The study, published in the journal Nature on October 28, observed (10) Hygiea with the SPHERE (Spectro-Polarimetric High-contrast Exoplanet REsearch) instrument attached to the European Southern Observatory's Very Large Telescope (VLT) in 2017 and 2018.
New research shows that it also meets the fourth requirement, as well: a dwarf planet must have enough mass so that that gravity could pull it into a sphere.
What was thought to be an asteroid known as Hygiea was believed the be the fourth largest object in the asteroid belt, situated between Mars and Jupiter, behind asteroids Vesta, Pallas and dwarf planet Ceres. They found that Hygiea is spherical, potentially taking the crown from Ceres as the smallest dwarf planet in the Solar System. The main point of difference between the two though is that a planet has to have cleared other objects out of the neighborhood around its orbit - if it hasn't, it's a dwarf planet.
It orbits the Sun, and not another planet, so that rules it out from being a Moon. The instrument also measured the diameter of Hygiea, putting it at just over 430km.
There are now five dwarf planets - Pluto, Eris, Haumea, Makemake and Ceres.More news: Federer withdraws from Paris Masters
One surprising find was that Hygiea lacks any large impact craters on its surface. Observing Hygiea with ground-based equipment showed that the asteroid looks nearly as round as Ceres, with no sign of the mammoth impact craters that have deformed objects like Vesta.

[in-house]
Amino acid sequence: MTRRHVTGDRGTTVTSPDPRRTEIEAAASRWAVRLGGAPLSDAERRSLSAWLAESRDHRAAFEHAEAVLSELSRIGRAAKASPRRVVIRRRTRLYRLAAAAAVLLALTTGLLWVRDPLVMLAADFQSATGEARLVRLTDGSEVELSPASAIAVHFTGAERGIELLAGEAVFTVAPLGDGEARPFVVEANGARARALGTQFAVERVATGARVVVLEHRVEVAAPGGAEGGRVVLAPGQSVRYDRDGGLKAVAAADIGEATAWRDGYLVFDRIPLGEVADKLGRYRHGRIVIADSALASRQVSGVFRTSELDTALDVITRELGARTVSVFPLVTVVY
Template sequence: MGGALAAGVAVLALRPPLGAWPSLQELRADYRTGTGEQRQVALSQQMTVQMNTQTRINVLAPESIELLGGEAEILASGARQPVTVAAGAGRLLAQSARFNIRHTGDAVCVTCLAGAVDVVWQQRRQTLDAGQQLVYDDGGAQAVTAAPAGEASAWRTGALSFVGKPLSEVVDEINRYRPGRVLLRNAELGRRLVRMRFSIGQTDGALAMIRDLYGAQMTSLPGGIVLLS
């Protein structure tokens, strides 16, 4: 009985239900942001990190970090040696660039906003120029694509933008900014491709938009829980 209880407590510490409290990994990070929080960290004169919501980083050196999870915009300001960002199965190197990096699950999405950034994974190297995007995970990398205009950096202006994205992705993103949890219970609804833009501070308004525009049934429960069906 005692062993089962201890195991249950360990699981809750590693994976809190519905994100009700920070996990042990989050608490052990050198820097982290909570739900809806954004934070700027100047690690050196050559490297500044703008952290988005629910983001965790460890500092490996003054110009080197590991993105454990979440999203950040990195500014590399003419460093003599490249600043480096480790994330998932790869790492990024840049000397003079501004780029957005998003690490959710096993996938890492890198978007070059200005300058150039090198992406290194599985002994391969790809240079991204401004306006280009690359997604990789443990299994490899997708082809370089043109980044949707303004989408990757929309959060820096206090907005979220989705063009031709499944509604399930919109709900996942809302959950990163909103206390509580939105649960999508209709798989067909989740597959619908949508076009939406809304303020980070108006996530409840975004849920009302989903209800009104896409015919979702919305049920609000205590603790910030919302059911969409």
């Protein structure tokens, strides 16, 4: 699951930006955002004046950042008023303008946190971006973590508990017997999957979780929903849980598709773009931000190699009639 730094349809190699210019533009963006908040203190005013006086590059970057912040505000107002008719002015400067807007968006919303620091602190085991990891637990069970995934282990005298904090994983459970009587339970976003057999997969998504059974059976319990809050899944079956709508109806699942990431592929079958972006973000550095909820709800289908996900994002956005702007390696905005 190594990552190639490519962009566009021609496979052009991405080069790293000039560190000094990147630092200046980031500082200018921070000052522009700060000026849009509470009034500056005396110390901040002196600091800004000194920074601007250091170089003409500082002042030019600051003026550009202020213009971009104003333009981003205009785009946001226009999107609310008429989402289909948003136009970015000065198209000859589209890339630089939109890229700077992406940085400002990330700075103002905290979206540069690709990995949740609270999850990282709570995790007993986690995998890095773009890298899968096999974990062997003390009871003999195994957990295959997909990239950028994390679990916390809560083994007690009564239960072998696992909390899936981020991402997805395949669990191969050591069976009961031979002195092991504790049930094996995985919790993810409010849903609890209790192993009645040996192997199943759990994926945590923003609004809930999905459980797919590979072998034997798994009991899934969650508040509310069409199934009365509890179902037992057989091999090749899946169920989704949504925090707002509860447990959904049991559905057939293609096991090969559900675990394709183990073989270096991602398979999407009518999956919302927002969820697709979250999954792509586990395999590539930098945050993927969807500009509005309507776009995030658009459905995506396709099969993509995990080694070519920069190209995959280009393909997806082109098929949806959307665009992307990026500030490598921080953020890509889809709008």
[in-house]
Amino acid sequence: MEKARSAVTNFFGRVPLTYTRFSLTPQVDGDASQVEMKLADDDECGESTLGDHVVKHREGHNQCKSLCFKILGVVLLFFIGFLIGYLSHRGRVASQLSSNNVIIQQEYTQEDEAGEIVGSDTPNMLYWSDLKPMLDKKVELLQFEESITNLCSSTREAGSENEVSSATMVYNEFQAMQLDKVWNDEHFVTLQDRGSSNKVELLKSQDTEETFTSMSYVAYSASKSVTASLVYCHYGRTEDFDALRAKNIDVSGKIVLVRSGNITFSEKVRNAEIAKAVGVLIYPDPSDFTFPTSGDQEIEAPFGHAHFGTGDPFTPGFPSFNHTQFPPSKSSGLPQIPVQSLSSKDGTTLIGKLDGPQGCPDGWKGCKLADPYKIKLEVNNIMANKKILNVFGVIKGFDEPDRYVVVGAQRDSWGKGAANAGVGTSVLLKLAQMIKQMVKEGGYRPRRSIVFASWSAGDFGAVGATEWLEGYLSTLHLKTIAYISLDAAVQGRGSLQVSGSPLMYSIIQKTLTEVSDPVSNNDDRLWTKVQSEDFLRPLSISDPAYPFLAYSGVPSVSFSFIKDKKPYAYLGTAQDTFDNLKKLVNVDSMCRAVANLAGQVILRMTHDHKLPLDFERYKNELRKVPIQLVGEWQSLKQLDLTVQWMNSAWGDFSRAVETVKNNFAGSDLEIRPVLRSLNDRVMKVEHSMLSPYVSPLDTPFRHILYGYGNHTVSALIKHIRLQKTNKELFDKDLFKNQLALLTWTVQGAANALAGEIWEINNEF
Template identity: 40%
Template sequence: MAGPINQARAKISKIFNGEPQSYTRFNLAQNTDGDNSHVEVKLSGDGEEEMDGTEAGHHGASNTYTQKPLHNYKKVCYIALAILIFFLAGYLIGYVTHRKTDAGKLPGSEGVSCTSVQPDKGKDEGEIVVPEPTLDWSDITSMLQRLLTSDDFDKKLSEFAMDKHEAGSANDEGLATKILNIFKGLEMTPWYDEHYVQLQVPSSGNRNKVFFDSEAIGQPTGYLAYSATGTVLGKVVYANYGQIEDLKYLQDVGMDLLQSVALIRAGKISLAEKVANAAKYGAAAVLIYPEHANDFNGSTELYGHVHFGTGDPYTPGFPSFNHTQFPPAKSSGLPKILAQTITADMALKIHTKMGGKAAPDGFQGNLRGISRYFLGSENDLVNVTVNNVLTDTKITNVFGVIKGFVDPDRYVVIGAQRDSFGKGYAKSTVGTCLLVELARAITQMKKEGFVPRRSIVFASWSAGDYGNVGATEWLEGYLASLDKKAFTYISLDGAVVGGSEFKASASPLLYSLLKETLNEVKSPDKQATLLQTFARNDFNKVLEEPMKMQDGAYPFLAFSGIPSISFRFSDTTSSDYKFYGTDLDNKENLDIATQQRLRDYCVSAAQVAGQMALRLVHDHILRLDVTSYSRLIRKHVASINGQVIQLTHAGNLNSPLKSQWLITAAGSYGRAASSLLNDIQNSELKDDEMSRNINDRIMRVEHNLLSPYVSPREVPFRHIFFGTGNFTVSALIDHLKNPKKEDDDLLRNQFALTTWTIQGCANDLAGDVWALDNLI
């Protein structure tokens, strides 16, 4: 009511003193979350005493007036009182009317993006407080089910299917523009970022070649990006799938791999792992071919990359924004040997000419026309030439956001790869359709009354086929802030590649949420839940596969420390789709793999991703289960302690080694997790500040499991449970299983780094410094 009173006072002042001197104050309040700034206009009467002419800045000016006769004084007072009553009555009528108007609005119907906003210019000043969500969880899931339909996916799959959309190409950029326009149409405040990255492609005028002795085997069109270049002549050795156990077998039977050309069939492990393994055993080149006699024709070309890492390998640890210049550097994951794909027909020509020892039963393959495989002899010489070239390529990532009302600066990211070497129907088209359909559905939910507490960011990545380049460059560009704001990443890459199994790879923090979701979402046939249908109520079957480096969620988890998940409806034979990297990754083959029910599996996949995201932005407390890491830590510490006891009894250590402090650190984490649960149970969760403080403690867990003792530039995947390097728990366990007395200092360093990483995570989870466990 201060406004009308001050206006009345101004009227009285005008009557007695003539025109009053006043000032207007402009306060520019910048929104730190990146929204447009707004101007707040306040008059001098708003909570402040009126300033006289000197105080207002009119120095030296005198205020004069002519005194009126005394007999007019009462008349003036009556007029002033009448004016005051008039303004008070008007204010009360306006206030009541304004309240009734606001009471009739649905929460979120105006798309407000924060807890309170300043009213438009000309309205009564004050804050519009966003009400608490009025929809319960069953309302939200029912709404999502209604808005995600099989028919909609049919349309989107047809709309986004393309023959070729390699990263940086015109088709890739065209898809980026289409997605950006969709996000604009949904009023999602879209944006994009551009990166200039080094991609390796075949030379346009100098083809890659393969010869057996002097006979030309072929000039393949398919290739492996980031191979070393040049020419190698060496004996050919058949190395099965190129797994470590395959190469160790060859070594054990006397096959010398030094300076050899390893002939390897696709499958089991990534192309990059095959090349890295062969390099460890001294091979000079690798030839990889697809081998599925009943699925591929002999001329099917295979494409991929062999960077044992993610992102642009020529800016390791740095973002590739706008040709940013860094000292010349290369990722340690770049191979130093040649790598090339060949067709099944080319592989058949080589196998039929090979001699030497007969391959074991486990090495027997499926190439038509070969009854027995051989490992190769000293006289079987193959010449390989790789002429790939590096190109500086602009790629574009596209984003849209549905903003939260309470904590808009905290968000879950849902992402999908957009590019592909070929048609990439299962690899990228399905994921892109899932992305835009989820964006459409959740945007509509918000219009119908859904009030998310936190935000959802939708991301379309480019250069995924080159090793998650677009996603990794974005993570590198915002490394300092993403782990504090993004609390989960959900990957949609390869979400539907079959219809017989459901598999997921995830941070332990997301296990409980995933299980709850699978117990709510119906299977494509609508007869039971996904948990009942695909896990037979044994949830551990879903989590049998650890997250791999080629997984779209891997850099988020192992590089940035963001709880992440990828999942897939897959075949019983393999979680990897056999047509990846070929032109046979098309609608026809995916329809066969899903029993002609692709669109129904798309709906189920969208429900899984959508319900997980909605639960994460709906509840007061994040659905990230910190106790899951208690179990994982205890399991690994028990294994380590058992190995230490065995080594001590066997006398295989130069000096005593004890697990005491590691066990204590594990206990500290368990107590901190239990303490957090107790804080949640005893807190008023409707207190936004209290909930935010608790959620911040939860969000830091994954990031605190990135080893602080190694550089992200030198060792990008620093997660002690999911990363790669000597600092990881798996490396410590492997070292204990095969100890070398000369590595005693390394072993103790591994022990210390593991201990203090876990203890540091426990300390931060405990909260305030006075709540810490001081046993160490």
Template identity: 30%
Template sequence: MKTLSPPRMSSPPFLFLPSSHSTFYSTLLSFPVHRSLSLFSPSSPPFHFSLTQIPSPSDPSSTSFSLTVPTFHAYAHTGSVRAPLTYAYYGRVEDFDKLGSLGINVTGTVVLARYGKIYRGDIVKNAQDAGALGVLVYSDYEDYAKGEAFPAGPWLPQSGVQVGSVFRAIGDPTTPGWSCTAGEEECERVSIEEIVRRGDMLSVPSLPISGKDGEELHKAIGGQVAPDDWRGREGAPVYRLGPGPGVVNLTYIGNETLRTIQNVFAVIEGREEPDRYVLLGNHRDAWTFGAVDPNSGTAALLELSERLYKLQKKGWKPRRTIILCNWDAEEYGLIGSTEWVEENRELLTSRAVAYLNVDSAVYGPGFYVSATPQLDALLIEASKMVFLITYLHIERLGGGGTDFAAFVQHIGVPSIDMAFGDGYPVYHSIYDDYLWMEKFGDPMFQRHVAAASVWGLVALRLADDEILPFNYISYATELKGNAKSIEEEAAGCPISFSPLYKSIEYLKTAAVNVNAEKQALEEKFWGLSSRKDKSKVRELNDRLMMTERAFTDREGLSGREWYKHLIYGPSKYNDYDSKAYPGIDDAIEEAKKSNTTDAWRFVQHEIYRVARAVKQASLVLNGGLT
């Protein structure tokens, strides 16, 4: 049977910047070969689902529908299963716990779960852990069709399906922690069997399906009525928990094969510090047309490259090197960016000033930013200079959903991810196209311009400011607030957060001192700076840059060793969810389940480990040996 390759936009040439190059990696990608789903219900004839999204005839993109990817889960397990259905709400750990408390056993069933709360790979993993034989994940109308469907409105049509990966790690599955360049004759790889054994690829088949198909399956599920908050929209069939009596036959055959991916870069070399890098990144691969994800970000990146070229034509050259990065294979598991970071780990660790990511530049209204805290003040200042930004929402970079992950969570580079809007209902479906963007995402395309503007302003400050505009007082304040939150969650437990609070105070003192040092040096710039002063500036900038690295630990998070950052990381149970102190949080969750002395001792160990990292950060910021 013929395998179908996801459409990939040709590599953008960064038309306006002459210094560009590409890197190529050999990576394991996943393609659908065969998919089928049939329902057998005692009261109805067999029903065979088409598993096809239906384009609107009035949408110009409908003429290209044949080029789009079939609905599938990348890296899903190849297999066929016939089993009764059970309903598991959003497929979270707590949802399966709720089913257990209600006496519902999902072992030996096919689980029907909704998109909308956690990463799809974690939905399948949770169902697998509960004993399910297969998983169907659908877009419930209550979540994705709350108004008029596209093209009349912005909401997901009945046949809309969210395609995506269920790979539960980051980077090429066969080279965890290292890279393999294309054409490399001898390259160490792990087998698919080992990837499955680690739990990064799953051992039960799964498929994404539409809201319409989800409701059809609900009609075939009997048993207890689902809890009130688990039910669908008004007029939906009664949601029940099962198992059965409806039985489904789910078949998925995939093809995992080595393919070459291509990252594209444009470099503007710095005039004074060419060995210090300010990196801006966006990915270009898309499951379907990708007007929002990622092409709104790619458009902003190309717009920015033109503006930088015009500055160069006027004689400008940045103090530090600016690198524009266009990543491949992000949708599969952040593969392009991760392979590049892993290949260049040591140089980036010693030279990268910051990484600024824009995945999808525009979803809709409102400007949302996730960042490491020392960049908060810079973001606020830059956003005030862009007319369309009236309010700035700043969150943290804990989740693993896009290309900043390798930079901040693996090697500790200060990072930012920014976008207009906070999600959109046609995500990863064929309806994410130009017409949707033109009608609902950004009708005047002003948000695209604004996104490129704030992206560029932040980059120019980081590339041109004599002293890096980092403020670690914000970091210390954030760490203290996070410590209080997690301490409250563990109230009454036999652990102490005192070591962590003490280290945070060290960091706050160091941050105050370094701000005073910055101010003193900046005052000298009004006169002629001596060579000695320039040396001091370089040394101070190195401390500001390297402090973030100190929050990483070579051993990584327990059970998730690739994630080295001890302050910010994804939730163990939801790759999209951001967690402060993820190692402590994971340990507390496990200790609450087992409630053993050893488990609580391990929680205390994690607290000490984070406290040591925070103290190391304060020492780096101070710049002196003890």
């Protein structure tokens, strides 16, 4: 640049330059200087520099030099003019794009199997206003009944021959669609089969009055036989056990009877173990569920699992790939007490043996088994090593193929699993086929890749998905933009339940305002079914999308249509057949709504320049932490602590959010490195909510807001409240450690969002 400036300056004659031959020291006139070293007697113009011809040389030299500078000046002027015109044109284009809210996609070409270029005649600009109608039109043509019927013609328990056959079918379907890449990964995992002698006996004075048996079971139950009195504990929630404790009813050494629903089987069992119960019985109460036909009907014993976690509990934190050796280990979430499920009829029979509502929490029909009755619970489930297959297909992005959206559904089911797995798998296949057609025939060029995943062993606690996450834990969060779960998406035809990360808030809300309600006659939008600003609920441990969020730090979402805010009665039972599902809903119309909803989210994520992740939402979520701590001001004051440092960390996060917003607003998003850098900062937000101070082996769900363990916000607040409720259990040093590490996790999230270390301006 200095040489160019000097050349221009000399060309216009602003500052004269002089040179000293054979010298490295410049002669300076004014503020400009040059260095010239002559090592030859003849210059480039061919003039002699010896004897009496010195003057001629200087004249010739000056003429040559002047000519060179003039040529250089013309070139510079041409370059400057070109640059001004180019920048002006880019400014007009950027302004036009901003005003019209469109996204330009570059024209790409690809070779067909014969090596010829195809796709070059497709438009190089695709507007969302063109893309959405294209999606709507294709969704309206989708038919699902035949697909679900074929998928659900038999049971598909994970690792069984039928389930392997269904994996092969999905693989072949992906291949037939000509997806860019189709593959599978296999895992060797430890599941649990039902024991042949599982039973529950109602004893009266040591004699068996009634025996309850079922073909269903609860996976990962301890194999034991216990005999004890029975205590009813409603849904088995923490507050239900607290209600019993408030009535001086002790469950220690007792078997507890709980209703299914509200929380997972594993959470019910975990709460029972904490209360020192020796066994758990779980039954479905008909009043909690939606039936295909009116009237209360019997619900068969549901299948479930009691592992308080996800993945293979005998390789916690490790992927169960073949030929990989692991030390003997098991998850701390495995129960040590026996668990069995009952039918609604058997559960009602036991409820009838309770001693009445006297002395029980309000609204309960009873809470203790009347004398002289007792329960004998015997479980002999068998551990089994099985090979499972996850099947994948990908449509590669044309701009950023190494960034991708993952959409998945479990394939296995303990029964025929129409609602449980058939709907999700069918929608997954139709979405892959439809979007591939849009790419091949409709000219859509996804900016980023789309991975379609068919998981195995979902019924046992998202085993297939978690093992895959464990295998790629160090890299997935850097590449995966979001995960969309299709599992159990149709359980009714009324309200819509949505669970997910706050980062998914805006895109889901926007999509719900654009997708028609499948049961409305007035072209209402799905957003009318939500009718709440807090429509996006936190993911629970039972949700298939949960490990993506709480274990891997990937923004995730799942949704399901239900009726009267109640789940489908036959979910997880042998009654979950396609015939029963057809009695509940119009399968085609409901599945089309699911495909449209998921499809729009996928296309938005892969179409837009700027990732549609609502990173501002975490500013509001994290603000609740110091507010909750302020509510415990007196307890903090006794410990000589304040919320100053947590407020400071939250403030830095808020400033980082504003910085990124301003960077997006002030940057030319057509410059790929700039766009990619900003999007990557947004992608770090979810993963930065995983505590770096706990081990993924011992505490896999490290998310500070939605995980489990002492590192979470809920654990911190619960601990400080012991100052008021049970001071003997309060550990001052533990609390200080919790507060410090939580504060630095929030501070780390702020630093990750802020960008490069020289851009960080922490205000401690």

As the main member of a collection of almost 7,000 objects classified under the Hygiea family, these hunks of space rocks are believed to have formed from a giant historic collision between a projectile and a larger asteroid that occurred some two billion years ago.
"Such a collision between two large bodies in the asteroid belt is unique in the last 3-4 billion years", says Pavel Ševeček, a PhD student at the Astronomical Institute of Charles University who also participated in the study.
The European Space Observatory's SPHERE instrument has spotted what may be the smallest small planet in our solar system.
Commenting on the potential reclassification of Hygiea, Robert Massey, from the U.K.'s Royal Astronomical Society, said the move would be "completely reasonable" given that it fits the criteria for a dwarf planet. Ceres and Pluto are 2400km and 950km in diameter, respectively, so a round Hygiea would be a significantly lower bar for the minimum size of any dwarf planet.More news: Sam Burgess poised to retire from NRL
According to this theory, a high velocity projectile measuring between 46 and 93 miles in diameter obliterated whatever the parent object was, creating Hygiea and its roughly 7,000 asteroid belt siblings.
Once the left-over pieces reassembled, they gave Hygiea its round shape and thousands of companion asteroids, the team said. "They are too small", explains study co-author Miroslav Bro of the Astronomical Institute of Charles University in Prague, Czech Republic. It was initially called Bourbon Hygieia, but in 1852 was simply changed to Hygiea, with a single "i".
With advances in numerical computation, and more powerful telescopes, scientists are now more able to rewind the clock and piece together cosmic conundrums such as these.
"Thanks to the VLT and the new generation adaptive-optics instrument SPHERE, we are now imaging main belt asteroids with unprecedented resolution, closing the gap between Earth-based and interplanetary mission observations".More news: DC Anthology Series STRANGE ADVENTURES Is Headed To HBO Max